Friday, May 11, 2007

Panic in Boston over publicity stunt: A follow up

This is a picture of one of the "devices" that shut down Boston on January 31. Remember? Here's a picture of a Massachusetts state policeman removing one:

The story is in the news again because, according to an AP story by Denise Lavoie, posted late this morning on Yahoo! News, criminal charges were dropped today against Peter Berdovsky and Sean Stevens, the individuals who planted the Boston "devices."

That's Berdovsky on the left and Stevens on the right at their court appearance today.

Ms. Lavoie reports that prosecutors agreed to drop pending criminal charges against these men after they offered contrite apologies in court. In addition, Berdovsky performed 80 hours of community service and Stevens performed another 60.

"Devices" like that pictured at the top of this post were "planted" in Boston and nine other cities around the U.S., according to Lavoie's story, but only in Boston were bomb squads "deployed, and highways, bridges and some transit stations... temporarily closed" because of "fears of terrorism."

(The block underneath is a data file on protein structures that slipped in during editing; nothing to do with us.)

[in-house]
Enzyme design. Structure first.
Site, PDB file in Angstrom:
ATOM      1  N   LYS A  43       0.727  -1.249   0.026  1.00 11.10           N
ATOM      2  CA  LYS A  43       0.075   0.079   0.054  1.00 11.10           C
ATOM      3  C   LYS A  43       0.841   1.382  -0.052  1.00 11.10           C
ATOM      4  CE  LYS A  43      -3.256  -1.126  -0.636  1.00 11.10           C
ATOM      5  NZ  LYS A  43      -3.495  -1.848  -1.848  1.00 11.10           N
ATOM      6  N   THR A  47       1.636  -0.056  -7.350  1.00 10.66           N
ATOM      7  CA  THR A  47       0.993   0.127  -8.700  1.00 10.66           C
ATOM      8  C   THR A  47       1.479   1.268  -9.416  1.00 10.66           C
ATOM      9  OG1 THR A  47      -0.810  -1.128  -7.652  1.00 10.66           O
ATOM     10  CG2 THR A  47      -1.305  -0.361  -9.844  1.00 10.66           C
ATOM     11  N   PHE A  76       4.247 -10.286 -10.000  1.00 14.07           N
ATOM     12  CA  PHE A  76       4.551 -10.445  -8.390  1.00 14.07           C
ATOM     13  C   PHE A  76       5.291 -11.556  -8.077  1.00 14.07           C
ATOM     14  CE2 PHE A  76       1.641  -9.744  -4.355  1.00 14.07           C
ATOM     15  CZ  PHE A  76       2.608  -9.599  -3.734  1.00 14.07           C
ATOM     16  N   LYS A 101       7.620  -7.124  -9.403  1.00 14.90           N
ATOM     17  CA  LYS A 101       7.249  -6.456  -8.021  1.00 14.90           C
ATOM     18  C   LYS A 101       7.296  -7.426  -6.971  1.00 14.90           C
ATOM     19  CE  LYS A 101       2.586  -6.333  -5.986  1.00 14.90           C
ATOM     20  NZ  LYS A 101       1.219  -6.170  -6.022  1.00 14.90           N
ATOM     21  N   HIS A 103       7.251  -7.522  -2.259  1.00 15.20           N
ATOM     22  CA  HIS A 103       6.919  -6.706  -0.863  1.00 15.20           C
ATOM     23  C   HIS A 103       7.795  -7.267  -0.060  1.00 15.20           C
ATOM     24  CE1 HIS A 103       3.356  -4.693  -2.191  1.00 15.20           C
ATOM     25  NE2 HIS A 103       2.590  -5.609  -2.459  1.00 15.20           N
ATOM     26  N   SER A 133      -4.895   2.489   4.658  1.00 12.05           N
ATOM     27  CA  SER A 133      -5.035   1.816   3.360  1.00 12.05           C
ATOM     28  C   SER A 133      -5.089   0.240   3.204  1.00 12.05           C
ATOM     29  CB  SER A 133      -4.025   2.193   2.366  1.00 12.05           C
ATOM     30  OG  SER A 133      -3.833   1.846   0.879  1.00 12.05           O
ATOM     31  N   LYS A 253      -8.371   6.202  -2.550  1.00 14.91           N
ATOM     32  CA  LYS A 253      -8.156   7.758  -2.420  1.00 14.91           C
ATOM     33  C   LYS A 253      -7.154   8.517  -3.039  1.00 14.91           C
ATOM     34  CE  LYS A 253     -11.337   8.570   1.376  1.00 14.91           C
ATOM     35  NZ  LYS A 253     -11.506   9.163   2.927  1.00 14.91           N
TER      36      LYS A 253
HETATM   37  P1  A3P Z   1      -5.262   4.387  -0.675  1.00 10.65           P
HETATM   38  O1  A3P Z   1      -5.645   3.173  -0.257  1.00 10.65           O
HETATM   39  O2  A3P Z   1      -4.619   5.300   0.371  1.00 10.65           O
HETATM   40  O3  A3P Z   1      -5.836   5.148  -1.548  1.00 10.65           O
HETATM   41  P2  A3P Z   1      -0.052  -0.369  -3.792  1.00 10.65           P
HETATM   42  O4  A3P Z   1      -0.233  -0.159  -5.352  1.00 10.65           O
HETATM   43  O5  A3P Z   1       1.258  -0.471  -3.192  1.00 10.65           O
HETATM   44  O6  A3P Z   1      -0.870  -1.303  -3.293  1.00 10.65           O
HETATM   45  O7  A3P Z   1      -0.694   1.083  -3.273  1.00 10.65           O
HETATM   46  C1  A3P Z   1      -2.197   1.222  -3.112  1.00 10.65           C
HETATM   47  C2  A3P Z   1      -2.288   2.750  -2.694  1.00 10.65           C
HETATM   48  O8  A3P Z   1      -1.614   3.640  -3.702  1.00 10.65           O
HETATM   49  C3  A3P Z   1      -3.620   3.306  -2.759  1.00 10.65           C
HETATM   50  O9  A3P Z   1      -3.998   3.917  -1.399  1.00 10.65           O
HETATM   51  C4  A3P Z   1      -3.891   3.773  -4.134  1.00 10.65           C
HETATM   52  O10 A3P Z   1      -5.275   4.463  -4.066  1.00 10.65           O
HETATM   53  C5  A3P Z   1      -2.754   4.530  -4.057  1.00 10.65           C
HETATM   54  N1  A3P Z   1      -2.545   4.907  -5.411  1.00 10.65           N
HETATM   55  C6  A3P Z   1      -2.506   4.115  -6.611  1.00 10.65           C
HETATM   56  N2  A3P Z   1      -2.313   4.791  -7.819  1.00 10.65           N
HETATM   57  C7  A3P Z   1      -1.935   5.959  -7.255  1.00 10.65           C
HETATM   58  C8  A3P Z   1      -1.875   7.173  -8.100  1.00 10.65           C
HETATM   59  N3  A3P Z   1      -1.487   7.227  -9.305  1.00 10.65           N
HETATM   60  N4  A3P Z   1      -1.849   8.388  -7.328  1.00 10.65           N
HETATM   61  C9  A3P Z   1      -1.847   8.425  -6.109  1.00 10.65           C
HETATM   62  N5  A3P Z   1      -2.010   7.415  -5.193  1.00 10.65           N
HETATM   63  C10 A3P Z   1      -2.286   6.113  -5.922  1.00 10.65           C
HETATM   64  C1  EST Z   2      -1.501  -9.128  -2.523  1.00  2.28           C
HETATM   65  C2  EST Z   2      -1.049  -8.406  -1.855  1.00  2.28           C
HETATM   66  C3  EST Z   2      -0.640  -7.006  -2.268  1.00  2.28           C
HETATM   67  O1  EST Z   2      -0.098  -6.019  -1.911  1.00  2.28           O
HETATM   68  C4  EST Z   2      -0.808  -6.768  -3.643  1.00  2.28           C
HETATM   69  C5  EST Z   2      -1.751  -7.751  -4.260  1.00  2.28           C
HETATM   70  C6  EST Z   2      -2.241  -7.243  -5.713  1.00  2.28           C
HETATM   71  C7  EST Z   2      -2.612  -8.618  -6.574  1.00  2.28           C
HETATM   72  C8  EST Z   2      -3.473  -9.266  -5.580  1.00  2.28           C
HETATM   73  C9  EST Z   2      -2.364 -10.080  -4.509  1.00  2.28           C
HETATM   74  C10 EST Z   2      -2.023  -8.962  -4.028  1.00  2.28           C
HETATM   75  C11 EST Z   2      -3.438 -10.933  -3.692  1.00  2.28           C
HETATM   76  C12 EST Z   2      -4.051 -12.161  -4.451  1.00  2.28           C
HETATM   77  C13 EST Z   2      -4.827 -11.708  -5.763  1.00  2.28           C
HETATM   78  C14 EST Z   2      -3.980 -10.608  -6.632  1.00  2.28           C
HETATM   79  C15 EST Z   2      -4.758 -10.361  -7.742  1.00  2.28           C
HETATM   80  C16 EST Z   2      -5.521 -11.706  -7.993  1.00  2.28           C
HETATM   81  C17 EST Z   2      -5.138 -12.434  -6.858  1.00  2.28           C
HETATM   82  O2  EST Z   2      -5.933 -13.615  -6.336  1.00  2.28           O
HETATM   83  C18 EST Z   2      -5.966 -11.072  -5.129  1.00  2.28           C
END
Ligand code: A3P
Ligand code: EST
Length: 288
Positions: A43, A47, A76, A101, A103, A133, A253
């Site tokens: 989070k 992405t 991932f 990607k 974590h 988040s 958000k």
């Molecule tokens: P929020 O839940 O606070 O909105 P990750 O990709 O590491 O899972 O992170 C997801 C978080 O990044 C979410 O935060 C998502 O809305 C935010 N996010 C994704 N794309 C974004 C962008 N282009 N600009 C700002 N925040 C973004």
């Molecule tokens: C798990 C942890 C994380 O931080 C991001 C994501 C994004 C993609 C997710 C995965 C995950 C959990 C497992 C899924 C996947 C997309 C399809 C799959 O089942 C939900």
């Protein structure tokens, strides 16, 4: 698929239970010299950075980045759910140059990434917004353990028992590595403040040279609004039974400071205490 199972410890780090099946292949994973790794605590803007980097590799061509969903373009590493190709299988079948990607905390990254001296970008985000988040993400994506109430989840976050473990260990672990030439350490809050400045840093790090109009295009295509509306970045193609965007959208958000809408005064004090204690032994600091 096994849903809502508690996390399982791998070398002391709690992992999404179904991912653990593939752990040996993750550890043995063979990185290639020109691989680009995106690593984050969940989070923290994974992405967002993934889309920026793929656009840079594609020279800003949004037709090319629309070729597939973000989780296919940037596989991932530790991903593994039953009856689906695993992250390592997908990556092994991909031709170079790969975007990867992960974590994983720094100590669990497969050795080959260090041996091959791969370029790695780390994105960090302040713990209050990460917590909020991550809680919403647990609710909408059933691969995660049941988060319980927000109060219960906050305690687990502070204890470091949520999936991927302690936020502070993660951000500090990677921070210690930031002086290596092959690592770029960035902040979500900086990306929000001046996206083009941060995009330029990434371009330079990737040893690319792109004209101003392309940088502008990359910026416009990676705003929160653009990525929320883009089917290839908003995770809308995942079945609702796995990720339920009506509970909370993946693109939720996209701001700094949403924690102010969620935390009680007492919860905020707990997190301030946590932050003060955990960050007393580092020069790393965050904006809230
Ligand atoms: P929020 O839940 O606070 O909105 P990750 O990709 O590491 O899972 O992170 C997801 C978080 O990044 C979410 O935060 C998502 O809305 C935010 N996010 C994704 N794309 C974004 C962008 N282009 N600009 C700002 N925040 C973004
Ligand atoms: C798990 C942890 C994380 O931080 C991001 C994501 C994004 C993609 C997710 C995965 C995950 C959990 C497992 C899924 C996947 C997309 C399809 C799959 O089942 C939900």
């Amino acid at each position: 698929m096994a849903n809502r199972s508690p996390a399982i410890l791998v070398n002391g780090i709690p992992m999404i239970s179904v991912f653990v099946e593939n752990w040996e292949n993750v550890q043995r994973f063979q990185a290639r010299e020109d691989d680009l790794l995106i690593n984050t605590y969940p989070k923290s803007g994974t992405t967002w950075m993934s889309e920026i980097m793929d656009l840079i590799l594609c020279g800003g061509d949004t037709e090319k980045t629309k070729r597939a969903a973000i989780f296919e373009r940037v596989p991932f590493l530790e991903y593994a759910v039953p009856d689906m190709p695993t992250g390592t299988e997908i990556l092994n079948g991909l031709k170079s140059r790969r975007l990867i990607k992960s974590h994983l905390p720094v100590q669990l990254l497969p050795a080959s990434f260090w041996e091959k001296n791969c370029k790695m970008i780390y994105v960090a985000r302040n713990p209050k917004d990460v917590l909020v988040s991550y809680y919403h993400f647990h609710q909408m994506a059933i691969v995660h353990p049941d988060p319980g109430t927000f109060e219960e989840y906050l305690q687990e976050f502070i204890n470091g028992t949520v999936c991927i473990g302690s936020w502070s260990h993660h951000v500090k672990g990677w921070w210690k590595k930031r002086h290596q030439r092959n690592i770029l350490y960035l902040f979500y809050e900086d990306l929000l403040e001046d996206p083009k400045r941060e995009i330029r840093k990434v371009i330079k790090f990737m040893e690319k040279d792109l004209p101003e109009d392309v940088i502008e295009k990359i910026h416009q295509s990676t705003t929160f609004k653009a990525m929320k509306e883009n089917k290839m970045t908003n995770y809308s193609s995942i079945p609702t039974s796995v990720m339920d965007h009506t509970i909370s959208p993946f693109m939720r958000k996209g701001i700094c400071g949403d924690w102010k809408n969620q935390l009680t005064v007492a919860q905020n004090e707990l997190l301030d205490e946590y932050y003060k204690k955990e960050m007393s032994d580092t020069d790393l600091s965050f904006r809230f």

According to the Trivia page of the IMDb entry for the "Aqua Teen Hunger Force Colon Movie" (that being the epic that Messrs. Berdovsky and Stevens were endeavoring to promote), Turner Broadcasting, the parent company of Cartoon Network (on which the "Aqua Teen Hunger Force" cartoon is shown) and "Interference, Inc., the marketing company that created the campaign, reached a settlement with city and state officials to resolve" their own civil or criminal exposure. "The companies agreed to pay $1 million dollars to the Boston police department, and $1 million to fund homeland security. Jim Samples, the head of Cartoon Network, resigned his position as a result."

However, neither today's news story nor the IMDb entry reports the status of the charges that surely must have been brought against the public officials that were so dim as to confuse a lighted stick figure with a terrorist bomb.

I'll bet you can guess why.

And, if I'm wrong, please, please, please set me straight: Did anyone in Boston police or government circles lose so much as a day's pay for this unimaginable overreaction?

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